Parks Associates Blog

Monday, February 18, 2008

How Will 'Net TVs Stack Up Against Cable?

The Monday, February 18 issue of The Los Angeles Times covers the trend of major television manufacturers adding network connectivity to their sets as part of new strategy to go "over-the-top" and provide direct access to Web services. It's a topic that we covered in a blog back in January, when we commented on the announcements and demos at the Consumer Electronics Show.

One question that today's article asks is whether a 'Net-connected TV is going to be a threat to cable companies. One key aspect of video delivery to watch is the race to pump out more high-definition offerings. As go the traditional TV providers, so will need to follow the over-the-top guys if they're going to keep pace. We anticipate that discerning consumers are going to look to more high-definition offerings in both linear and on-demand programs and movies as the number of high-definition displays in households continues to rise (see our blog about the latest numbers of HDTVs in U.S. households). Particularly with the digital transition set to take place in less than a year, we're doing to see a big bump in the number of homes that decide to upgrade to full digital and presumably HDTV displays and services.

To date, here are how the major television providers stack up in terms of high-definition offerings:

  • AT&T U-verse: 40 high-definition channels.
  • Cablevision: Currently offers 45 high-definition programming services.
  • DirecTV: 90 HD channels as of the end of 2007, and is mulling the launch of a third satellite in 2008 to expand further.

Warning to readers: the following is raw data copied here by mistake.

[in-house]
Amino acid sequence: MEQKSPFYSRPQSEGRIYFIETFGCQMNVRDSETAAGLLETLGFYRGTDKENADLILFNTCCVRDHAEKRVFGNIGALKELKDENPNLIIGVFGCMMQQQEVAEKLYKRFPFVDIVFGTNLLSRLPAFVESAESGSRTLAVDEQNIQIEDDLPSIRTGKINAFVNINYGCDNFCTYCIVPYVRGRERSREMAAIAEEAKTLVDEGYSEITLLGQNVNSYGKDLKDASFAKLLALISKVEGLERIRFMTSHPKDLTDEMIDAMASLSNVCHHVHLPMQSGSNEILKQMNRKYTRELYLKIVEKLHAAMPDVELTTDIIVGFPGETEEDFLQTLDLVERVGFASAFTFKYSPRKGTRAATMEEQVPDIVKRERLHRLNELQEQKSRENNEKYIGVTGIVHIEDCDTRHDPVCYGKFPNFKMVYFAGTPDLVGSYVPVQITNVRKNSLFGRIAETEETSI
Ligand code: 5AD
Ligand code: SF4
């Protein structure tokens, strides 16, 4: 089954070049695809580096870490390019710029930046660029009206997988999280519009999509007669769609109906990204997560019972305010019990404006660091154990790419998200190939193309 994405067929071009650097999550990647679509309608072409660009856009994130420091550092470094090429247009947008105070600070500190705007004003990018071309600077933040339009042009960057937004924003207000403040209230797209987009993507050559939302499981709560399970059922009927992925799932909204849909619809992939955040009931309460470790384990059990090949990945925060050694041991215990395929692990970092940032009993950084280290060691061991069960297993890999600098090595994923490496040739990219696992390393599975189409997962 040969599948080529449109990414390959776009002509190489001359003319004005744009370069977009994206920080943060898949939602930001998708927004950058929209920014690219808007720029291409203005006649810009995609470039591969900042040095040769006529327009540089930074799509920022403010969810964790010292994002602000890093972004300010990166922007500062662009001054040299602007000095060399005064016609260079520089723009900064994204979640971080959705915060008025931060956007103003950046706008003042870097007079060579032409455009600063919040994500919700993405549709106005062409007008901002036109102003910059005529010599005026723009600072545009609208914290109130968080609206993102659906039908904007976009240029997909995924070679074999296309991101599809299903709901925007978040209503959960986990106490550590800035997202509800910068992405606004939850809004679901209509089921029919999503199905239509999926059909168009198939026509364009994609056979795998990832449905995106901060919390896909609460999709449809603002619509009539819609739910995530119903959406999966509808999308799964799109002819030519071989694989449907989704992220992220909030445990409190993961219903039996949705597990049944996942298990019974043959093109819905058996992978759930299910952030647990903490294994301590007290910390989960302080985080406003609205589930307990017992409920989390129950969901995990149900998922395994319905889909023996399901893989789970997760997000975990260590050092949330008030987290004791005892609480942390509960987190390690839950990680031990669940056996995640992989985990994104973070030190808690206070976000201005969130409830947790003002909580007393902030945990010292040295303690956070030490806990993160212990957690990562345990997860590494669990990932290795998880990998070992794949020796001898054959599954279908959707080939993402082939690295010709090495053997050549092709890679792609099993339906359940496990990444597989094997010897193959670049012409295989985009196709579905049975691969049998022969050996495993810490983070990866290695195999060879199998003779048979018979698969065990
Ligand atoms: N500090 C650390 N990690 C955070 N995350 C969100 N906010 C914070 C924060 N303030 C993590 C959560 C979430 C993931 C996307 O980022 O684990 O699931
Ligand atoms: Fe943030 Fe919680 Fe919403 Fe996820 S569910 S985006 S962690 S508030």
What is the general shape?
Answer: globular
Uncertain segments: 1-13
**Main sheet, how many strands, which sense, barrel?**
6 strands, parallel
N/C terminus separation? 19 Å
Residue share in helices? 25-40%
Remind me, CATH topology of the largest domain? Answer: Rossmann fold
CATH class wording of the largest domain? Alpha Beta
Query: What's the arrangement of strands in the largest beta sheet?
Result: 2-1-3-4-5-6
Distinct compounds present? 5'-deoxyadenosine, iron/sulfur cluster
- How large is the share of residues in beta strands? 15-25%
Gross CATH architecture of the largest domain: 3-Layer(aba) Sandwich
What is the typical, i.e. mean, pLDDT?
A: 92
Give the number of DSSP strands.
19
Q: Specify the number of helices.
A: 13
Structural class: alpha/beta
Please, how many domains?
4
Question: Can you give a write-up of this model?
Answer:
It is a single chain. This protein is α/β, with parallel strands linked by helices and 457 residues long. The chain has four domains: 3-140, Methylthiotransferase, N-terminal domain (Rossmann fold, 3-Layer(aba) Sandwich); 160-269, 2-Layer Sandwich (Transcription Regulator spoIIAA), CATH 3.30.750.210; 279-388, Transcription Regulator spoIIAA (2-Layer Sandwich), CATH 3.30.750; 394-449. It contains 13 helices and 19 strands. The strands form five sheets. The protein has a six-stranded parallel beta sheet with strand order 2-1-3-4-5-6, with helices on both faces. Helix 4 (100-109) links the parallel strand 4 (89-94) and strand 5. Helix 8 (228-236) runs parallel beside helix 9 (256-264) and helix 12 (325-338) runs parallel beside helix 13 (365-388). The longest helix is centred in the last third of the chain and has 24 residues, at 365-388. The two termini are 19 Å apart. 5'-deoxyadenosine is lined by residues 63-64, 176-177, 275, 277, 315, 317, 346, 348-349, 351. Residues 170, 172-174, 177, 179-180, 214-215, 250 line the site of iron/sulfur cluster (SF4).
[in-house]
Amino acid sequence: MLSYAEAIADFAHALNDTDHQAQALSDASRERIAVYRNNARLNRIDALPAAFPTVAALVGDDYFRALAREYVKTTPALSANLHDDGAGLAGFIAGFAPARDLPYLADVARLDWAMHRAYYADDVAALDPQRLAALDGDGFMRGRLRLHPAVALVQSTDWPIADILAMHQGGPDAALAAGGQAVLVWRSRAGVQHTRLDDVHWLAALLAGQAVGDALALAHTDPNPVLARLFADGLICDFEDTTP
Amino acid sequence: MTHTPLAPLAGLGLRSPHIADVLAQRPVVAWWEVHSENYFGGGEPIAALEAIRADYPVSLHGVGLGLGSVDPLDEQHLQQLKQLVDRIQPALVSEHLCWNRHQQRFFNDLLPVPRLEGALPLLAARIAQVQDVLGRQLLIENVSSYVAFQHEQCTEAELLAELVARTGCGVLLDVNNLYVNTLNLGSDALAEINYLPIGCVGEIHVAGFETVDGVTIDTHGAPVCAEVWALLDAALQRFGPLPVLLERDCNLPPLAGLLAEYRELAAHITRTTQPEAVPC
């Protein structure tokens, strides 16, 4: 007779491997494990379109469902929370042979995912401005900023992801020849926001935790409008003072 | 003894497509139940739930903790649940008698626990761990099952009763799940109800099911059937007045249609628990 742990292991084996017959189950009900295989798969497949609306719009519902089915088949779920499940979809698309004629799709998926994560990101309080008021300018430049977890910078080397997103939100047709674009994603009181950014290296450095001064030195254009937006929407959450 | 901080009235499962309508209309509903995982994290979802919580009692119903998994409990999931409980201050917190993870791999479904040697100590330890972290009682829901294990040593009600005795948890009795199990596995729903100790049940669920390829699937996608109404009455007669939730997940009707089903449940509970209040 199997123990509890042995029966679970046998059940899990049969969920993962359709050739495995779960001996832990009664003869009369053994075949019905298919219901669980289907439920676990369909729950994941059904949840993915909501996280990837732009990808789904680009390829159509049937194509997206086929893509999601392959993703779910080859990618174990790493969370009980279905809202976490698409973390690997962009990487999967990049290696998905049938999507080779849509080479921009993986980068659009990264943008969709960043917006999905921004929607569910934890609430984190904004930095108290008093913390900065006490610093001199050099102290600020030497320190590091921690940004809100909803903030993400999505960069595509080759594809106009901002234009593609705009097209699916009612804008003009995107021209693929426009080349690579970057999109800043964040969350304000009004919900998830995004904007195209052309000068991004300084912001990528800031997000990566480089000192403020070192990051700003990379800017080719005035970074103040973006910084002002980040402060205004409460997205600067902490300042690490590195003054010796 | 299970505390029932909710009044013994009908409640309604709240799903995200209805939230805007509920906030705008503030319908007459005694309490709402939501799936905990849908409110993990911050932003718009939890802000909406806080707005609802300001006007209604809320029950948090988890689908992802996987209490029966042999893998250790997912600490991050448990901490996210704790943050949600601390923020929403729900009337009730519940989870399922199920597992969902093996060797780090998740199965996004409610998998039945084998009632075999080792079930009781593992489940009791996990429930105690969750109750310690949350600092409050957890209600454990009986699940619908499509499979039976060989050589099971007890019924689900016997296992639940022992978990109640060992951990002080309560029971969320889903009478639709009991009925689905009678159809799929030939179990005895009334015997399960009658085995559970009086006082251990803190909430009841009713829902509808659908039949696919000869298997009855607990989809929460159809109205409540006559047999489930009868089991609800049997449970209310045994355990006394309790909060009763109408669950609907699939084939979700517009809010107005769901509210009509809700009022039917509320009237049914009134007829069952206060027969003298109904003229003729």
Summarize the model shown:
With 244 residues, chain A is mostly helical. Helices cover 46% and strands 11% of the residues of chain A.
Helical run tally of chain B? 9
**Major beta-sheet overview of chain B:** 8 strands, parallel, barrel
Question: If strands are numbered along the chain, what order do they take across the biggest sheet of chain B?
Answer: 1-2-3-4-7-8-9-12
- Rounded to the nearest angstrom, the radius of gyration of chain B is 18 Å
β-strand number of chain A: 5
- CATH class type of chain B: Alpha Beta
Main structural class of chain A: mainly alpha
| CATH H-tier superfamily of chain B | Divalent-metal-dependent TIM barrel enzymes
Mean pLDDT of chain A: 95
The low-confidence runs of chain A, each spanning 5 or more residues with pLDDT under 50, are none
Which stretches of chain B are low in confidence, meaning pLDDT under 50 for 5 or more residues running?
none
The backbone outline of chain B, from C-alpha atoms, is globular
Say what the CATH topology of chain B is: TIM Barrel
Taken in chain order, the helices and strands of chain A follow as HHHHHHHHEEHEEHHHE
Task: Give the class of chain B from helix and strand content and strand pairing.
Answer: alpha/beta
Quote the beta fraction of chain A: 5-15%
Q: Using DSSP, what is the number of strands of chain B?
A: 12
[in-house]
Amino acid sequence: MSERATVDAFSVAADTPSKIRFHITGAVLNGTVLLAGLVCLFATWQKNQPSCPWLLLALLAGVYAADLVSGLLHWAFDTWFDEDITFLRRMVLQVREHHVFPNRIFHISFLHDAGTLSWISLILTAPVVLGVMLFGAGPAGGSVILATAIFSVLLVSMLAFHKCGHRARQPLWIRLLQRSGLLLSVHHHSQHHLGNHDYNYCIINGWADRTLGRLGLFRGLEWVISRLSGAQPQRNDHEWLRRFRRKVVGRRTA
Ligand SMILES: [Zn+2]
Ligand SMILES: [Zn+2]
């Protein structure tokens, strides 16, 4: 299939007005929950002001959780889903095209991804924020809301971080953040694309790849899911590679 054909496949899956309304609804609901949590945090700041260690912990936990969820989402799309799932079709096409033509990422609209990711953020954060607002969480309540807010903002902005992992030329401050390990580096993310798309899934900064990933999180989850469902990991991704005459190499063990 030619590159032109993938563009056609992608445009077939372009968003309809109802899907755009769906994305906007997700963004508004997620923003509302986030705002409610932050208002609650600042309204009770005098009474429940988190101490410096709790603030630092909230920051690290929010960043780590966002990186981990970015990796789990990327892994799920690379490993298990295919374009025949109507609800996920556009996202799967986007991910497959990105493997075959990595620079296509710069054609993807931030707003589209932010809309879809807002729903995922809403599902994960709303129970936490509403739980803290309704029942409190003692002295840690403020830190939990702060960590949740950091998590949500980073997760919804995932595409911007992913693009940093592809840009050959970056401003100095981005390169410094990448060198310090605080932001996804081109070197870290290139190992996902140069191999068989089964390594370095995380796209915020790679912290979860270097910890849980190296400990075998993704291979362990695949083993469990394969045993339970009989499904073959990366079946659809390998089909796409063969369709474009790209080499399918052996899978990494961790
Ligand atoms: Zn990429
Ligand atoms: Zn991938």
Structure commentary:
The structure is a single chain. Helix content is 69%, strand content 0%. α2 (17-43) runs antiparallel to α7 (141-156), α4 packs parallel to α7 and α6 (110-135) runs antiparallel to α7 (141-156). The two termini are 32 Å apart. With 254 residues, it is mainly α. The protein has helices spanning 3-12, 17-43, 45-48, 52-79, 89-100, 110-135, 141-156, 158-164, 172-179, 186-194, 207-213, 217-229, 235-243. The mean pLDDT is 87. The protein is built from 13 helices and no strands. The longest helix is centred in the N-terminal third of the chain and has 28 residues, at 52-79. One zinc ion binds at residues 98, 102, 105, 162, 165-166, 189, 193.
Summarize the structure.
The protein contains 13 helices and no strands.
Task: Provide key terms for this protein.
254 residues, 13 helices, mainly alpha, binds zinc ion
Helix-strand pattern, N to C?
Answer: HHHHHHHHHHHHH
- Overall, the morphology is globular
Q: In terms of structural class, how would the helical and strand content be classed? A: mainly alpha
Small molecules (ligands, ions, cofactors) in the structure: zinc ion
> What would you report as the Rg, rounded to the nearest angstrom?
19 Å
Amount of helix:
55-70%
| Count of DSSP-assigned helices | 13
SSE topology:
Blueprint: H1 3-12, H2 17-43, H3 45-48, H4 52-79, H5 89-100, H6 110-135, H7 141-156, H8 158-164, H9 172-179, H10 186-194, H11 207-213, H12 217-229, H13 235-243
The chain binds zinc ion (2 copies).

• DISH Network: Expects to increase its national high-definition channel lineup from 76 to 100 channels by the end of the year.
  • Comcast: By the end of the year, expects to offer 50-60 linear channels and ramp VoD offerings from 300 today to 1,000 by the end of the year.
  • Time Warner Cable: Has 42 channels in high definition, eight HD movie on-demand channels and 112 HD on-demand titles.
  • Verizon FiOS: 30 high-definition channels.

Both the Apple iTunes service (100 HD offerings) and VUDU (about 70 offerings) are close to matching the big boys with on-demand HD.

What will be interesting to see is how all of the other broadband video players respond to ramp up their own HD offerings.

In terms of the number of homes capable of receiving at least one HD stream in the next five years, this is going to increase significantly as broadband providers increase downstream throughput to reach at least 10 Mbps (assuming that an HD stream will require 5-7 Mbps) As of year-end 2007, we estimate that there were more than five million U.S. households receiving at least 10 Mbps service as of year-end 2007. This will grow to more than 30 million by year-end 2012.

Of course, there's no guarantee that the over-the-top players are actually going to have that kind of bandwidth with which to work. With cable operators such as Time Warner experimenting with capping the quantity of downloads (an experiment in Beaumont, TX), this could be a big threat to some of these 'Net TV experiments. If the cable industry pursues some punitive measures along these lines, it's really going to put the squeeze on the direct-to-consumer services. In a recent Newsweek column, Steven Levy argues that Time Warner’s most-limited download cap pretty much would limit customers to downloading two movies per month (5 Gbps)! It’s obvious that the cable industry is doing as much as it can to protect its bandwidth and to encourage use of its organic video-on-demand services, which have obviously struggled (at least the premium usage).


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